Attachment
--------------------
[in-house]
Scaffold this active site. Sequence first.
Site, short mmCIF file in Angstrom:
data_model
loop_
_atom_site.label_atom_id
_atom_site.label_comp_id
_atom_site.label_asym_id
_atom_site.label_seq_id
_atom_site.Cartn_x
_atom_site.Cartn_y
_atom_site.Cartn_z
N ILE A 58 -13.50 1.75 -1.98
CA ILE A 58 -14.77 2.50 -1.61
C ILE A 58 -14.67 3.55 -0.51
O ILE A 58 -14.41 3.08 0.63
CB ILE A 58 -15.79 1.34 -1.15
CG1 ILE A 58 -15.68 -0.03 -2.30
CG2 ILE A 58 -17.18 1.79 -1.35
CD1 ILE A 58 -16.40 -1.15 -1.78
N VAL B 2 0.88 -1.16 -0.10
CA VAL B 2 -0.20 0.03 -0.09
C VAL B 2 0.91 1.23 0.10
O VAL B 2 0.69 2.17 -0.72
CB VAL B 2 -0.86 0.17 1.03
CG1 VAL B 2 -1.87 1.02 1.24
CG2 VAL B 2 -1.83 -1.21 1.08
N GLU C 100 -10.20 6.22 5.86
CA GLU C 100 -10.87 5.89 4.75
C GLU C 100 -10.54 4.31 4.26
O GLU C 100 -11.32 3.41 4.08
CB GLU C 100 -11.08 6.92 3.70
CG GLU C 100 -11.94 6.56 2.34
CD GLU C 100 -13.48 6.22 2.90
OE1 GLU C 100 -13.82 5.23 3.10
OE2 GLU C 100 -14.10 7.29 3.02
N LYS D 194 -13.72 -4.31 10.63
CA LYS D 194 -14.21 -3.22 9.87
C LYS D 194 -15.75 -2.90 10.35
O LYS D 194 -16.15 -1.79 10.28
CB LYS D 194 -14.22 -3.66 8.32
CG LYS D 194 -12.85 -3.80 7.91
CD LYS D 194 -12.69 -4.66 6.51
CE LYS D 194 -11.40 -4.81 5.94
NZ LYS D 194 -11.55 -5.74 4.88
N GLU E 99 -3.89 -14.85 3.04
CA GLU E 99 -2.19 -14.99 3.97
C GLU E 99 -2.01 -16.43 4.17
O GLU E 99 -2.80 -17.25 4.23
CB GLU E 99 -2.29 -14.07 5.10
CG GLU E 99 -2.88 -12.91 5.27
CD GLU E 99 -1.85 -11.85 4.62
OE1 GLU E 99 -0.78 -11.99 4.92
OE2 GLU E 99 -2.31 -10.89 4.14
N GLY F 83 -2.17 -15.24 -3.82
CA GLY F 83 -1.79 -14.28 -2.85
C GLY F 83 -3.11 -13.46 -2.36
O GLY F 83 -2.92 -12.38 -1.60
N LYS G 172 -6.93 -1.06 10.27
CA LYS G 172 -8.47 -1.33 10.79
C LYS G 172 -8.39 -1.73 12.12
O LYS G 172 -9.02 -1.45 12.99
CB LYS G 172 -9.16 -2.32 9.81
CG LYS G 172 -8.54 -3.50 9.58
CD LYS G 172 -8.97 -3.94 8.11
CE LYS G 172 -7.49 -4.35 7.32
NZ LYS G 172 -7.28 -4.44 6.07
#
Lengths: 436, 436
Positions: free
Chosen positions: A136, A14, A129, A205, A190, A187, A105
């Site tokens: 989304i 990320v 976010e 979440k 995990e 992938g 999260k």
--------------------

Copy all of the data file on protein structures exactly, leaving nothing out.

[in-house]
Scaffold this active site. Sequence first.
Site, short mmCIF file in Angstrom:
data_model
loop_
_atom_site.label_atom_id
_atom_site.label_comp_id
_atom_site.label_asym_id
_atom_site.label_seq_id
_atom_site.Cartn_x
_atom_site.Cartn_y
_atom_site.Cartn_z
N ILE A 58 -13.50 1.75 -1.98
CA ILE A 58 -14.77 2.50 -1.61
C ILE A 58 -14.67 3.55 -0.51
O ILE A 58 -14.41 3.08 0.63
CB ILE A 58 -15.79 1.34 -1.15
CG1 ILE A 58 -15.68 -0.03 -2.30
CG2 ILE A 58 -17.18 1.79 -1.35
CD1 ILE A 58 -16.40 -1.15 -1.78
N VAL B 2 0.88 -1.16 -0.10
CA VAL B 2 -0.20 0.03 -0.09
C VAL B 2 0.91 1.23 0.10
O VAL B 2 0.69 2.17 -0.72
CB VAL B 2 -0.86 0.17 1.03
CG1 VAL B 2 -1.87 1.02 1.24
CG2 VAL B 2 -1.83 -1.21 1.08
N GLU C 100 -10.20 6.22 5.86
CA GLU C 100 -10.87 5.89 4.75
C GLU C 100 -10.54 4.31 4.26
O GLU C 100 -11.32 3.41 4.08
CB GLU C 100 -11.08 6.92 3.70
CG GLU C 100 -11.94 6.56 2.34
CD GLU C 100 -13.48 6.22 2.90
OE1 GLU C 100 -13.82 5.23 3.10
OE2 GLU C 100 -14.10 7.29 3.02
N LYS D 194 -13.72 -4.31 10.63
CA LYS D 194 -14.21 -3.22 9.87
C LYS D 194 -15.75 -2.90 10.35
O LYS D 194 -16.15 -1.79 10.28
CB LYS D 194 -14.22 -3.66 8.32
CG LYS D 194 -12.85 -3.80 7.91
CD LYS D 194 -12.69 -4.66 6.51
CE LYS D 194 -11.40 -4.81 5.94
NZ LYS D 194 -11.55 -5.74 4.88
N GLU E 99 -3.89 -14.85 3.04
CA GLU E 99 -2.19 -14.99 3.97
C GLU E 99 -2.01 -16.43 4.17
O GLU E 99 -2.80 -17.25 4.23
CB GLU E 99 -2.29 -14.07 5.10
CG GLU E 99 -2.88 -12.91 5.27
CD GLU E 99 -1.85 -11.85 4.62
OE1 GLU E 99 -0.78 -11.99 4.92
OE2 GLU E 99 -2.31 -10.89 4.14
N GLY F 83 -2.17 -15.24 -3.82
CA GLY F 83 -1.79 -14.28 -2.85
C GLY F 83 -3.11 -13.46 -2.36
O GLY F 83 -2.92 -12.38 -1.60
N LYS G 172 -6.93 -1.06 10.27
CA LYS G 172 -8.47 -1.33 10.79
C LYS G 172 -8.39 -1.73 12.12
O LYS G 172 -9.02 -1.45 12.99
CB LYS G 172 -9.16 -2.32 9.81
CG LYS G 172 -8.54 -3.50 9.58
CD LYS G 172 -8.97 -3.94 8.11
CE LYS G 172 -7.49 -4.35 7.32
NZ LYS G 172 -7.28 -4.44 6.07
#
Lengths: 436, 436
Positions: free
Chosen positions: A136, A14, A129, A205, A190, A187, A105
């Site tokens: 989304i 990320v 976010e 979440k 995990e 992938g 999260k």